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4 Reviews of Alan Nelson’s MONSTROUS ADVERSARY

Monstrous AdversaryWe are pleased to offer four reviews of Professor Alan Nelson’s book, Monstrous Adversary: The Life of Edward de Vere, 17th Earl of Oxford (Liverpool University Press, 2002).

Nelson’s book was the result of almost ten years of archival research and writing. Decisively hostile to the subject of his biography, Nelson argues that de Vere could not have been Shakespeare because he was both a scoundrel and a bad speller.

Do Oxford’s Letters Spell Shakespeare?

Dialect coach and historical linguist K.C. Ligon refutes Nelson’s arguments about spelling. From the Winter 2004 issue of Shakespeare Matters. (.pdf)

Nelson’s New Oxford Biography

Independent scholar and writer Richard Whalen argues that Nelson “misunderstands the typical personality of a great genius,” passing judgement on Oxford while failing to understand his real character as a literary genius and leading patron of Elizabethan letters. From the Fall 2003 issue of Shakespeare Matters. (.pdf)

Demonography 101: Alan Nelson’s Monstrous Adversary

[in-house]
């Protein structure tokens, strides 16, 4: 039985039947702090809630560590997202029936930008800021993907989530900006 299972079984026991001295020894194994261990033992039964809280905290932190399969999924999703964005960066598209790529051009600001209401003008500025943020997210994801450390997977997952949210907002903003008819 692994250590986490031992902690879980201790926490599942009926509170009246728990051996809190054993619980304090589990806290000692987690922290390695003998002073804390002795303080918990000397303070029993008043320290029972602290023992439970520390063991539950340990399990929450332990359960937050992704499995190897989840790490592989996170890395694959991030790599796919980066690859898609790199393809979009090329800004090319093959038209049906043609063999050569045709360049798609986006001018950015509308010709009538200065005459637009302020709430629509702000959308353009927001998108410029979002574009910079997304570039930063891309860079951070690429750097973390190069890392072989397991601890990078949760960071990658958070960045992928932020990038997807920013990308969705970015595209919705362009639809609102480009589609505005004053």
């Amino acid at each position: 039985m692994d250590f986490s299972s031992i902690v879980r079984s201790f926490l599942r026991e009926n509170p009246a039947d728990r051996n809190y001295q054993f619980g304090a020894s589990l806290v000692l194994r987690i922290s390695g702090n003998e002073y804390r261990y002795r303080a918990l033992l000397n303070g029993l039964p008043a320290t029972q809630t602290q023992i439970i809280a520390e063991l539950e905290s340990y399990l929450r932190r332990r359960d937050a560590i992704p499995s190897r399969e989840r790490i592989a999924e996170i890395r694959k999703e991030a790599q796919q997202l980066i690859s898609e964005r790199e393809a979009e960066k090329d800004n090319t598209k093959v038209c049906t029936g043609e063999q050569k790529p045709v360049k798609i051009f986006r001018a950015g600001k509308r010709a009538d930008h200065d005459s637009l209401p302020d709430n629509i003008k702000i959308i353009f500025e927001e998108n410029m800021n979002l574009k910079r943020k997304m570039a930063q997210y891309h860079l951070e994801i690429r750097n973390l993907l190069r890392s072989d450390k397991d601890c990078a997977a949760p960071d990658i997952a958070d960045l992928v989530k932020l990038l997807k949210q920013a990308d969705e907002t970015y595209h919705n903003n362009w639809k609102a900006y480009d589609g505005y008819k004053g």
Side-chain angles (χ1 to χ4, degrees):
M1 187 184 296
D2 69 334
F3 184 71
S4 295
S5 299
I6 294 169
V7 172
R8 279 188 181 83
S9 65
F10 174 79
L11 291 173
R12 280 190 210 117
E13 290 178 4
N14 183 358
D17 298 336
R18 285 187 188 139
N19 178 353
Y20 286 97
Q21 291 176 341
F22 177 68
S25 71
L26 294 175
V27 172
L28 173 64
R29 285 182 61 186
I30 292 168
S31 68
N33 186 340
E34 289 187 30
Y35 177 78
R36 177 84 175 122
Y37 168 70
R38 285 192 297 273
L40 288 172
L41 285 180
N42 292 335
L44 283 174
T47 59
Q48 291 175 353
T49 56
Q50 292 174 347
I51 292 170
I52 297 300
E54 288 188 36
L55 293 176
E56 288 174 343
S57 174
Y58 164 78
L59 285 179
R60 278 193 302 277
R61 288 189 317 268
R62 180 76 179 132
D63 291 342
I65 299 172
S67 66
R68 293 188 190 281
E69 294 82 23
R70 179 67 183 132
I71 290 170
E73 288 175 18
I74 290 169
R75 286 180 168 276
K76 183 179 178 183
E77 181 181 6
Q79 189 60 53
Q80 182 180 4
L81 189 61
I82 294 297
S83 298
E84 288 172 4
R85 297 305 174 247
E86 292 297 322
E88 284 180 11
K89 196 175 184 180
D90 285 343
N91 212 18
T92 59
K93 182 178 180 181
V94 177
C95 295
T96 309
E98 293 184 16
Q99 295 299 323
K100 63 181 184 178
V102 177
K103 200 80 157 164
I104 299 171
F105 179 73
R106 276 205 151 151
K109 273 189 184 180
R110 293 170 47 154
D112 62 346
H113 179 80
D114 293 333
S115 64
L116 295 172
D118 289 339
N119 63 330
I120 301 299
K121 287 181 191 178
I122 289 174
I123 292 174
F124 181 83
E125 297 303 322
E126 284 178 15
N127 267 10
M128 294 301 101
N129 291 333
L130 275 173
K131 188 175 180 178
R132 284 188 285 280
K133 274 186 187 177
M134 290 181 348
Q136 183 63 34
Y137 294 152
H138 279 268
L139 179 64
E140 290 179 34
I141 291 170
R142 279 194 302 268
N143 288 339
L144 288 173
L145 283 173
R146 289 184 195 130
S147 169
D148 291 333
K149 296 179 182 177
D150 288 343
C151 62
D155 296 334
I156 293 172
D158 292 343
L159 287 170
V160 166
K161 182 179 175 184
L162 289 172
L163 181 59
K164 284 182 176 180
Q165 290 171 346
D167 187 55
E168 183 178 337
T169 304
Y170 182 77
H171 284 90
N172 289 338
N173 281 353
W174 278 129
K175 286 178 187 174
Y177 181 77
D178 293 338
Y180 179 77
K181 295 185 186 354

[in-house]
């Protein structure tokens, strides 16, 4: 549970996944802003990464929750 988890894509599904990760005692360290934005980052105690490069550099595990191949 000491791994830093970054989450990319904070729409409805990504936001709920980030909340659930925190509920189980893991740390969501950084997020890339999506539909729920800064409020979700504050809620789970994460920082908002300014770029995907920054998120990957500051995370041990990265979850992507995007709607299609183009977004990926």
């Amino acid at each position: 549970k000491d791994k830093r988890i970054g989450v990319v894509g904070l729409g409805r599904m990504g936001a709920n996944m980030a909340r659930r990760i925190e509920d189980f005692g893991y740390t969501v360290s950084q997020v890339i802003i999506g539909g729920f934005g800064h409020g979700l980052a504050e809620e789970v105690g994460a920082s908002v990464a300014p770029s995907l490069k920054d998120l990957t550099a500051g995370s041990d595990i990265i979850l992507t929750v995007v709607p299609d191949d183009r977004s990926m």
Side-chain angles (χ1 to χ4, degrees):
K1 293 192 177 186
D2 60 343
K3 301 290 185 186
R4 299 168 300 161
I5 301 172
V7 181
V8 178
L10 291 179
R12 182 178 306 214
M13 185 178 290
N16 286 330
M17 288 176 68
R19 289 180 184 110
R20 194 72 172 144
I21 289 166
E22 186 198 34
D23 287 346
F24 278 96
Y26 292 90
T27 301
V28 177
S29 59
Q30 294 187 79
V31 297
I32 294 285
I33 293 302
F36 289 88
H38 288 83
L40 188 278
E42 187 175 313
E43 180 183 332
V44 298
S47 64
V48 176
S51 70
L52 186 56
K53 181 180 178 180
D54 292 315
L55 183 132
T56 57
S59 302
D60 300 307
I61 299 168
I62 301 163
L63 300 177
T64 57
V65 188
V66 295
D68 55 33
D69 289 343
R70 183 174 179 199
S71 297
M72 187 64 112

Peter R. Moore, writing originally for the Winter 2004 issue of the Shakespeare Oxford Society Newsletter, does for Nelson’s historical scholarship what K.C. Ligon had already done for his use of linguistics: exposes his historical methodology as a form of postmodern hypocrisy.

Monstrous Animosity

Dr. Roger Stritmatter suggests that Nelson’s jaundiced view of his subject  requires him to suppress the actual purposes of his work (namely, to counter the proposition that Oxford was “Shakespeare”).  The book thus proceeds from a kind of false consciousness about its object of study. “In place of a judicious scholarly critique of the Oxfordian case [the book] substitutes a sustained ad hominem attack on Oxford’s character which bends or breaks every canon of fairness which might impede its single-minded pursuit of ideological conformity to orthodox belief.” (.pdf)

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